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Problems and Solutions

by Tom Gibson

All over the country [some soils are] worn out,

depleted, exhausted, almost dead. But here is
comfort: These soils possess possibilities and may be
restored to high productive power, provided you do a
few simple things. —C.W. BURKETT, 1907
Definition of Soil *
 SOIL—the natural medium in which plants grow.

This definition, however, may be a little too simple. Here’s a better one:

 SOIL—a natural body that develops in profile form from a mixture of

minerals and organic matter. It covers the earth in a very thin layer and
supplies plants with air, water, nutrients, and mechanical support.

Our definition is, of course, the one we prefer:

 SOIL—a living, dynamic system at the interface between air and rock.
Soil forms in response to forces of climate and organisms that act on
parent material in a specific landscape over a long period of time.

*Oregon State University Extension Service-Manual for Judging

Oregon Soils.
Soil Components

Pore Space
Mineral Matter

Making a poor garden better often begins with the soil. If your
garden soil is poor, consider giving it some help. Adding organic
materials to sandy soils improves their nutrient- and water-holding
capacity. Adding organic materials to clay soil improves drainage
and aeration, and helps the soil dry out and warm up more quickly
in the spring.
Intensive tillage, soil erosion and insufficient
added residues
Soil organic matter decreases
Surface becomes compacted, crust forms
Most soil organic matter is lost
Crop yields decline
Aggregates break down
Erosion by wind and water increases
Less soil water storage, less diversity of soil
organism, fewer nutrients for plants
The soil

Residue decomposition
Nutrient cycling
Aggregation and porosity
Enhance plant growth
Break down contaminants
Soil Organisms

Bacteria, fungi, actinomycetes, protozoa, nematodes, arthropods, earthworms

Pictures courtesy M. Fauci and D. Bezdicek

Energy and nutrition in soils starts with organic matter. Maintaining organic
matter helps soils release other nutrition through chemical action of humic acids
and chemicals created by life forms that depend on organic matter.
The Soil Food Web

Root heavily infected with mycorrhizal fungi

(note round spores at the end of some hyphae).
Photo by Sara Wright.

Many plants develop a beneficial relationship with fungi that increases the contact
of roots with the soil. Fungi infect the roots and send out root like structures called
hyphae. The hyphae of these mycorrhizal fungi take up water and nutrients that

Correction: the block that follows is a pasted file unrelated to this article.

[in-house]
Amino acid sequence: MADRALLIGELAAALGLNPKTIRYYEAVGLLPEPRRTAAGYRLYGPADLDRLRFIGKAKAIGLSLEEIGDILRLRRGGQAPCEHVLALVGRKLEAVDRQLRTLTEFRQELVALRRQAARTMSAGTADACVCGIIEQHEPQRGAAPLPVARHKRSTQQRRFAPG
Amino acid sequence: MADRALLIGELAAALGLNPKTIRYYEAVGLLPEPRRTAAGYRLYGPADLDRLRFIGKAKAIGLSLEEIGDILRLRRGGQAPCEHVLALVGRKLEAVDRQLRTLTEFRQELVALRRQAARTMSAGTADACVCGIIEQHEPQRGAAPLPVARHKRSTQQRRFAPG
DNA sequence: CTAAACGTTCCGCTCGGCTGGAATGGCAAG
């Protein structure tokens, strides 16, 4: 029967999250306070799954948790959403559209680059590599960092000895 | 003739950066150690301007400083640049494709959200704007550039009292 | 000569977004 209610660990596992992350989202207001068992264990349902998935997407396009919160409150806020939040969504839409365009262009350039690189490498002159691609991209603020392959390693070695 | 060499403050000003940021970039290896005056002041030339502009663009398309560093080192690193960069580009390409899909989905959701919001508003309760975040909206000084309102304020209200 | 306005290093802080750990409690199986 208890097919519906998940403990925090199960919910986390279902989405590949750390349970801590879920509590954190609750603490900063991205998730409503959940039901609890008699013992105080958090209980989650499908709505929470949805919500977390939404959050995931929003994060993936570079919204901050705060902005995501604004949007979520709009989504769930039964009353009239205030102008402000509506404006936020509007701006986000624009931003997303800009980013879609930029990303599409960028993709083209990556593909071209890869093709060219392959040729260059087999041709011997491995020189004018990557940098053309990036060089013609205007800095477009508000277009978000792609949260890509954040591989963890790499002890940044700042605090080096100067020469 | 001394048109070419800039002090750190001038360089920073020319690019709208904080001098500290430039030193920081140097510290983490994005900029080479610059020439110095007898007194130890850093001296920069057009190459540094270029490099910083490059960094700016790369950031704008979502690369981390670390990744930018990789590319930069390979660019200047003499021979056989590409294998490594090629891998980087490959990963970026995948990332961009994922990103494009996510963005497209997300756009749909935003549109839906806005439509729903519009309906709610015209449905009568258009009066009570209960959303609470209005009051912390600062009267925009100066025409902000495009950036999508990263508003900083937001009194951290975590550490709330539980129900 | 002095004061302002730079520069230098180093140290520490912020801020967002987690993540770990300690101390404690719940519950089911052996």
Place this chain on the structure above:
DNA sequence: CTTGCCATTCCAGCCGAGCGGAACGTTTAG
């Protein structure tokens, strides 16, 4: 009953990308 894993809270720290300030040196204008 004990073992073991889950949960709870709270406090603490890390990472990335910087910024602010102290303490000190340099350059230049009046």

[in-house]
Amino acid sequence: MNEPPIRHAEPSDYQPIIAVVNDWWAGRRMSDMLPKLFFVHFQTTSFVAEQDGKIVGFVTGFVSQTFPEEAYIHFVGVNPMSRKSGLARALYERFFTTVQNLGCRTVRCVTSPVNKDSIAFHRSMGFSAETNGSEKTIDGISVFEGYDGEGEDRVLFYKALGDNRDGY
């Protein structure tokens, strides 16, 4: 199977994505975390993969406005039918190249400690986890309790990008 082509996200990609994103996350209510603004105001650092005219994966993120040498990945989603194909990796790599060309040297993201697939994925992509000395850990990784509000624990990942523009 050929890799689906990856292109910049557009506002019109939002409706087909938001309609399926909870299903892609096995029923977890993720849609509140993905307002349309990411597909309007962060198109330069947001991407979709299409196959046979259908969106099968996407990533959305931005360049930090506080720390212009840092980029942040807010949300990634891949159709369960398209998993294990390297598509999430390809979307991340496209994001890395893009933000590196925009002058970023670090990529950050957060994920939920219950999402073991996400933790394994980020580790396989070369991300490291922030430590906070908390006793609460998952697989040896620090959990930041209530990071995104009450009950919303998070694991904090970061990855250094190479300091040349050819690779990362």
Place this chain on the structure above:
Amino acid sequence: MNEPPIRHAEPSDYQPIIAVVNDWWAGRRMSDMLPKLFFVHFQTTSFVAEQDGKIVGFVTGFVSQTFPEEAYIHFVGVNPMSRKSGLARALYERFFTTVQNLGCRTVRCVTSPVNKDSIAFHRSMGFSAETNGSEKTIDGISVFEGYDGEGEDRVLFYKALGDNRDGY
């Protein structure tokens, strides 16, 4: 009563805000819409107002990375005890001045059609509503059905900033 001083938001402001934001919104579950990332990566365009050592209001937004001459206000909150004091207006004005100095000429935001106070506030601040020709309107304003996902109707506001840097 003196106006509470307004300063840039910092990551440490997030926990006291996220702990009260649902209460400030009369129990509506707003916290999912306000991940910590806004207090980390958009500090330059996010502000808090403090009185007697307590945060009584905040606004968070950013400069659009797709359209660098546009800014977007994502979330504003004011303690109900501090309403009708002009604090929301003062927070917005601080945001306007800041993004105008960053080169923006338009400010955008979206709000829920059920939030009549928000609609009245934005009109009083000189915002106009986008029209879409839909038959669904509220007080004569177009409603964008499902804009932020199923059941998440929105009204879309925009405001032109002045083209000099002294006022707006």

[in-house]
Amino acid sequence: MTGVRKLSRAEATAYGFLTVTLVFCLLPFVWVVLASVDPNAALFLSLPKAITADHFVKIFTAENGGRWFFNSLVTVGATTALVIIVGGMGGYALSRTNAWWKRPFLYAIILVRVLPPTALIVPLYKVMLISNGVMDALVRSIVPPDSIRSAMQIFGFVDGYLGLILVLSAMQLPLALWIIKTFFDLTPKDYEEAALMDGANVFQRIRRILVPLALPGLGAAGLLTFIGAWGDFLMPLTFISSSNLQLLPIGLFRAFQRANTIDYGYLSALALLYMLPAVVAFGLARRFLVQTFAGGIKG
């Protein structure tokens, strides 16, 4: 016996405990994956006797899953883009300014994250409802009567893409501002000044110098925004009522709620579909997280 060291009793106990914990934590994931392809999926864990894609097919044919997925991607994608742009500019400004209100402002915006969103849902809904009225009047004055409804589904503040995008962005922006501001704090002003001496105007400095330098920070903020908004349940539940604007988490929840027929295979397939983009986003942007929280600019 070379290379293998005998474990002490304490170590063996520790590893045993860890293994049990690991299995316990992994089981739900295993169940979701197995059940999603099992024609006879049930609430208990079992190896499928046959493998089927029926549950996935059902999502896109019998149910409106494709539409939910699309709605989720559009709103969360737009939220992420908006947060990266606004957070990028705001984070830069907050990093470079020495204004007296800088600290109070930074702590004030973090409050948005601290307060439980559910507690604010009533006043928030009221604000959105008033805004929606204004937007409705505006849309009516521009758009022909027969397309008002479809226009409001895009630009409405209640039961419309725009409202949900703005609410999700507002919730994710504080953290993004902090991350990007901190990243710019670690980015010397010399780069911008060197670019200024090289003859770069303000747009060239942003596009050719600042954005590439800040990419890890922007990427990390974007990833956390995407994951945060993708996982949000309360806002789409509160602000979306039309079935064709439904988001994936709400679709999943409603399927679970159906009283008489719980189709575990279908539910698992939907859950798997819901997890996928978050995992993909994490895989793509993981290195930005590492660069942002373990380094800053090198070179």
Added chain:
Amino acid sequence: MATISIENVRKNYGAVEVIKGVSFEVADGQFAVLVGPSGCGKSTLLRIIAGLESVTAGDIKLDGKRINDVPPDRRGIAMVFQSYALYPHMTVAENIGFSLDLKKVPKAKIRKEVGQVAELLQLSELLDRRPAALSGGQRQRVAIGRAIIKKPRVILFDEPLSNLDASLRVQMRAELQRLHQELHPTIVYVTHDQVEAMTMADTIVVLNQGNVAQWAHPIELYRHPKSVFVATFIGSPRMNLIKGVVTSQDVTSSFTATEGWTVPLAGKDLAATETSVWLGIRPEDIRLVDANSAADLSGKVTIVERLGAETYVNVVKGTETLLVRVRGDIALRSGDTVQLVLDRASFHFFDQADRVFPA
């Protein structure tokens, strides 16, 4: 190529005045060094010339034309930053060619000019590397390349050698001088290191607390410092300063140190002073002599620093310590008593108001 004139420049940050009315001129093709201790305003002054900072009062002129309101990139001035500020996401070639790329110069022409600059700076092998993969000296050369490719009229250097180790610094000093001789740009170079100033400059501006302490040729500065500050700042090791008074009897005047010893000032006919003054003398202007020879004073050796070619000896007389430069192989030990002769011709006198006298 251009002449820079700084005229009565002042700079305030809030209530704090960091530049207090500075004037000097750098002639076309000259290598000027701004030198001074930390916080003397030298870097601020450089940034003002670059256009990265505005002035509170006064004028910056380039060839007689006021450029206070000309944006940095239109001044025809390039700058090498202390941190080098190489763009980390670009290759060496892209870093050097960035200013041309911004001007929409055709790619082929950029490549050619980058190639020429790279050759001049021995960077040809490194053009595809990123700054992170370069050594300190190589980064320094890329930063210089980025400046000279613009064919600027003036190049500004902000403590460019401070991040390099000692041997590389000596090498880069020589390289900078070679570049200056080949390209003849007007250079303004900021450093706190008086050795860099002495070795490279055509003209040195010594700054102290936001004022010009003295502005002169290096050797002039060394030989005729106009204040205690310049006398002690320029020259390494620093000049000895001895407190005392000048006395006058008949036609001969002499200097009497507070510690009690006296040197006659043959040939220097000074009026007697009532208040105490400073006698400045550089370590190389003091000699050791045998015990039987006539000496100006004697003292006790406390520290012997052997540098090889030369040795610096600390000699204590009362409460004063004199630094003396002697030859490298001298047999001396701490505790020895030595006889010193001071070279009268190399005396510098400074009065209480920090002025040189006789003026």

can then feed the plant. This is especially important for phosphorus nutrition of
plants in low-phosphorus soils. The hyphae help the plant absorb water and
nutrients and in return the fungi receive energy in the form of sugars, which the
plant produces in its leaves and sends down to the roots.
Soil air and water
Water Movement
How quickly water moves through soil
Water Holding Capacity
How much water a soil can hold
available for plant growth
The plow is one of the most ancient and
most valuable of man’s inventions; but long
before he existed the land was in fact
regularly ploughed, and continues to
be thus ploughed by earthworms.
Pore space and air-
water relations
Soil acts like a sponge
Macro pores control infiltration and drainage
Capillary pores control water holding capacity
Micro pores hold unavailable water

Why are soils which in our father’s hands

were productive now relatively impoverished?
Soil properties that
affect porosity
Soil texture
Soil structure
Compaction and disturbance
Organic matter
Soil Particle
Sand .05-2 mm
Silt.002-.05 mm
Clay <.002 mm

Coarse Fragments >2 mm

Approximate surface areas of

1 gram samples
Coarse sand Half Dollar

Fine clay Basketball court

Under the microscope, clay particles resemble playing cards in

form. They are flat, hexagonal, and thin, like cards. When
wet, the particles can 'slip' across each other, as in a deck of
Soil Minerals

…with methods of farming in which grasses form an important part of the

rotation, especially those that leave a large residue of roots and culms, the
decline of the productive power is much slower than when crops like wheat,
cotton, or potatoes, which leave little residue on the soil, are grown
continuously. —HENRY SNYDER, 1896
What Kind of Soil Do I
Organic matter

The soil-fist test can be used to determine soil type. Compact wet soil in your fist to
determine whether it is sandy, loam, or clay/silt. If it is sandy soil, it will refuse to form
itself into a ball in your fist. If it is loamy, it will form itself into a ball, but remain friable
so that it will crumble when poked with your finger. Clay/silty soil will form into a ball
that has sufficient plasticity that it will remain a ball when poked with a finger. The more
clay you have in your soil the longer the ribbon you can squeeze out.
The depletion of the soil humus supply is apt to be
a fundamental cause of lowered crop yields.
Aggregation of sand, silt, and clay particles

Structure affects:
Macro porosity
Formation of soil structure
Growth of roots and movement of organisms create pores
and aggregates
Soil organisms break down organic residues, producing
glues that stabilize aggregates
Fungi provide structural support to aggregates
Physical, chemical processes also involved

Moisture, warmth, and aeration; soil texture; soil fitness; soil organisms; its tillage,
drainage and irrigation; all these are quite as important factors in the make up
and maintenance of the fertility of the soil as are manures, fertilizers, and soil
amendments. —J.L. HILLS, C.H. JONES, AND C. CUTLER, 1908
Structure Factors
Organic matter

Because organic matter is lost from the soil through decay, washing, and leaching,
and because large amounts are required every year for crop production, the necessity
of maintaining the active organic-matter content of the soil, to say nothing of the
desirability of increasing it on many depleted soils, is a difficult problem.
-- A. F. GUSTAFSON, 1941
Human compaction:
Natural compaction: Clearing
Basal glacial till Construction
Very compact.
impermeable. Livestock
Improving Soils
Where no kind of manure is to be had, I think the cultivation of lupines will be found
the readiest and best substitute. If they are sown about the middle of September in